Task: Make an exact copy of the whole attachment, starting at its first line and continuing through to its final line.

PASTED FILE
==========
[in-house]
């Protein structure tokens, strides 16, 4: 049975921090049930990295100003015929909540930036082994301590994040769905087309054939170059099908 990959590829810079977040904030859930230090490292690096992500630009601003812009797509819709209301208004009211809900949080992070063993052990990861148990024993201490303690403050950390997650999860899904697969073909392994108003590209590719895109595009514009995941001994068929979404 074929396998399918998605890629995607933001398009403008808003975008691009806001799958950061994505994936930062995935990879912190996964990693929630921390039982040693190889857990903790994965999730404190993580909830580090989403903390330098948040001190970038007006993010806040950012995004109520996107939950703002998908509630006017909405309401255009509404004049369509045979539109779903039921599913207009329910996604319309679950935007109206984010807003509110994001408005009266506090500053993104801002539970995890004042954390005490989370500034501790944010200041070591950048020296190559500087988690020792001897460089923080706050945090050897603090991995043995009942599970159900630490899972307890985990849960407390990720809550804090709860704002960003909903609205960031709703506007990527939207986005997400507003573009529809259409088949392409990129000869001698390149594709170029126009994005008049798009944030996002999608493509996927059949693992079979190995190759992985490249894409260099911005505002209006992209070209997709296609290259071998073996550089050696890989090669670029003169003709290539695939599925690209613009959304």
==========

[in-house]
């Protein structure tokens, strides 16, 4: 049975921090049930990295100003015929909540930036082994301590994040769905087309054939170059099908 990959590829810079977040904030859930230090490292690096992500630009601003812009797509819709209301208004009211809900949080992070063993052990990861148990024993201490303690403050950390997650999860899904697969073909392994108003590209590719895109595009514009995941001994068929979404 074929396998399918998605890629995607933001398009403008808003975008691009806001799958950061994505994936930062995935990879912190996964990693929630921390039982040693190889857990903790994965999730404190993580909830580090989403903390330098948040001190970038007006993010806040950012995004109520996107939950703002998908509630006017909405309401255009509404004049369509045979539109779903039921599913207009329910996604319309679950935007109206984010807003509110994001408005009266506090500053993104801002539970995890004042954390005490989370500034501790944010200041070591950048020296190559500087988690020792001897460089923080706050945090050897603090991995043995009942599970159900630490899972307890985990849960407390990720809550804090709860704002960003909903609205960031709703506007990527939207986005997400507003573009529809259409088949392409990129000869001698390149594709170029126009994005008049798009944030996002999608493509996927059949693992079979190995190759992985490249894409260099911005505002209006992209070209997709296609290259071998073996550089050696890989090669670029003169003709290539695939599925690209613009959304």